Investing in a Post-COVID Healthcare Revolution

By Kirsteen Mackay


The healthcare industry is vast, covering an array of disciplines, ideas and revolutionary changes. Read on to discover how investing in this domain can be lucrative.

Investing in healthcare

It goes without saying that the COVID-19 pandemic has had a profound effect on the entire planet. But, despite the countless problems it has caused, it appears to have spurred a revolution in the healthcare industry.

CRISPR genome editing, robotic surgeries, mental health, and the psychedelic revolution; all these topics and more are covered in our extensive report on the healthcare industry.

Investing in a changing landscape

Within healthcare, there are several different branches, including pharmaceuticals and biotechnology. While pharmaceuticals reign supreme, the sector is more evenly balanced between various healthcare divisions.

This is the breakdown from the S&P 500 GICS Sector Scorecard

Apart from the S&P 500 GICS Health Sector, Life and Health Insurance come under the Financial Sector. There are undoubtedly cross-overs between the two, just as there are crossovers in other sectors. Such as Health Care REITs under Real Estate, and some health and fitness products fall under Consumer Discretionary.

Some large-caps work across multiple branches, while small and micro-caps often specialize in a specific area.

Healthcare has always been a primary concern for people – long before we could invest in it. Secrets for curing sickness have been handed down from generation to generation for centuries.

Over the years, infectious diseases have also had a considerable effect on healthcare, exacerbated by urbanization and globalization. The COVID-19 pandemic has further highlighted this, but it has also accelerated the path to innovation and breakthroughs in vaccinations, preventions, and treatments.

What that means for modern-day investors is that there are a wide-ranging variety of businesses in which to buy shares. But as technological breakthroughs continue to advance rapidly, the landscape is ever-changing, and speculation is rife.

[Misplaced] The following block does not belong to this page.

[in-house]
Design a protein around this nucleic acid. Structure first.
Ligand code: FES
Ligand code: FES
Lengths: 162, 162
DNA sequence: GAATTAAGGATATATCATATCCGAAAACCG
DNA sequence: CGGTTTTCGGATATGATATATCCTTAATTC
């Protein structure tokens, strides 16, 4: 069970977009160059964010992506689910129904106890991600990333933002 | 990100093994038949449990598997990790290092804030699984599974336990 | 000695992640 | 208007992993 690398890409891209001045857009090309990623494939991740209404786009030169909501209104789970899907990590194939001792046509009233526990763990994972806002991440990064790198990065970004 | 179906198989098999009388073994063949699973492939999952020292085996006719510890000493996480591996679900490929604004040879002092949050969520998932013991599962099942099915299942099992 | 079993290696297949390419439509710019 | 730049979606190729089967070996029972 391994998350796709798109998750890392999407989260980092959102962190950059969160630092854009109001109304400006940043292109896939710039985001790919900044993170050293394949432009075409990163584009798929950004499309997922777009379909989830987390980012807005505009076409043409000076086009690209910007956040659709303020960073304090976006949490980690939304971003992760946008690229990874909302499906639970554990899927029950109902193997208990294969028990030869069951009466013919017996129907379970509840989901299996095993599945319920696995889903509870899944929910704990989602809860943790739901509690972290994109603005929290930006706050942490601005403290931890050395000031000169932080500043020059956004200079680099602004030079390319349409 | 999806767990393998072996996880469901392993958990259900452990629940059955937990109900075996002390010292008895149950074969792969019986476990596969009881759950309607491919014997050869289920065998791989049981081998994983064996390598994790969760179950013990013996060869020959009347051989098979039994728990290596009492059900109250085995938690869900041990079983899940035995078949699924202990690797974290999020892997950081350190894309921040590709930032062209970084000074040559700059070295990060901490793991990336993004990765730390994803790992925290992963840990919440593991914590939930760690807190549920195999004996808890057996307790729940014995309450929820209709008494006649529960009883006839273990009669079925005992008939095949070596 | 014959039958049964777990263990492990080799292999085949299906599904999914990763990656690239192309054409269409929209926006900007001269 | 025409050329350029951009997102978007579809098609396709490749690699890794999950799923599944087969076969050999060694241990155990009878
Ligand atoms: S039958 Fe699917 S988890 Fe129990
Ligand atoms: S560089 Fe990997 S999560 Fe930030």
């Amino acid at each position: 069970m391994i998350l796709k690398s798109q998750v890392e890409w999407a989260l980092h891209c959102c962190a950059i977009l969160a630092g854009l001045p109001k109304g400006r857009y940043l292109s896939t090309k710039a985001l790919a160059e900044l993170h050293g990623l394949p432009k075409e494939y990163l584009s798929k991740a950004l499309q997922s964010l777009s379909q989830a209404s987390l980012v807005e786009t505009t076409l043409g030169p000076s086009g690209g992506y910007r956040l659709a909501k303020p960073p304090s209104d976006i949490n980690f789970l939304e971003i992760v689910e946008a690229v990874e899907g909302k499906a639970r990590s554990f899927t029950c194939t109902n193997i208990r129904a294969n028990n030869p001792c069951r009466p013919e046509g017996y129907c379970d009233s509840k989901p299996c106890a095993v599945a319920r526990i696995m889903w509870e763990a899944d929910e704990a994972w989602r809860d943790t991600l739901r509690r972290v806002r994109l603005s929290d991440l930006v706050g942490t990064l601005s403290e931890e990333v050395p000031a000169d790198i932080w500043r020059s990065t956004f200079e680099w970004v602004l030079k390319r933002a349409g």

Bespoke healthcare

Healthcare is essentially a personal or local undertaking. But as the world has become globalized, the companies operating in the industry have a more global presence while aiming to provide a personalized solution.

Personalized healthcare is the future of healthcare. A one size fits all approach is no longer acceptable as individuals respond differently to treatments and patients seek more holistic solutions.

Today we’re being introduced to targeted medicines that are designed to treat specific ailments. But companies are already taking a more concentrated approach to future healthcare treatments tailored to the individual.

This includes genetic testing that reveals the presence of disease long before it would reveal itself and wearable tech gathering data on a phenomenal scale.

Companies making inroads in this area include:

Ultimately, this could go a long way to improving patient outcomes and delivery of care.

The mental health crisis is worsening. The causes are multiple, but sedentary lifestyles and reduced real-life social interaction are part of the problem. Pandemic-induced lockdowns have undeniably compounded this.

The obesity epidemic is another cause of depression, which can be circled back to sedentary lifestyles. This, in turn, contributes to the diabetes epidemic, another problem causing a severe healthcare burden in the West.

A decrease in physical activity was traditionally correlated with aging, but sedentary living has changed this.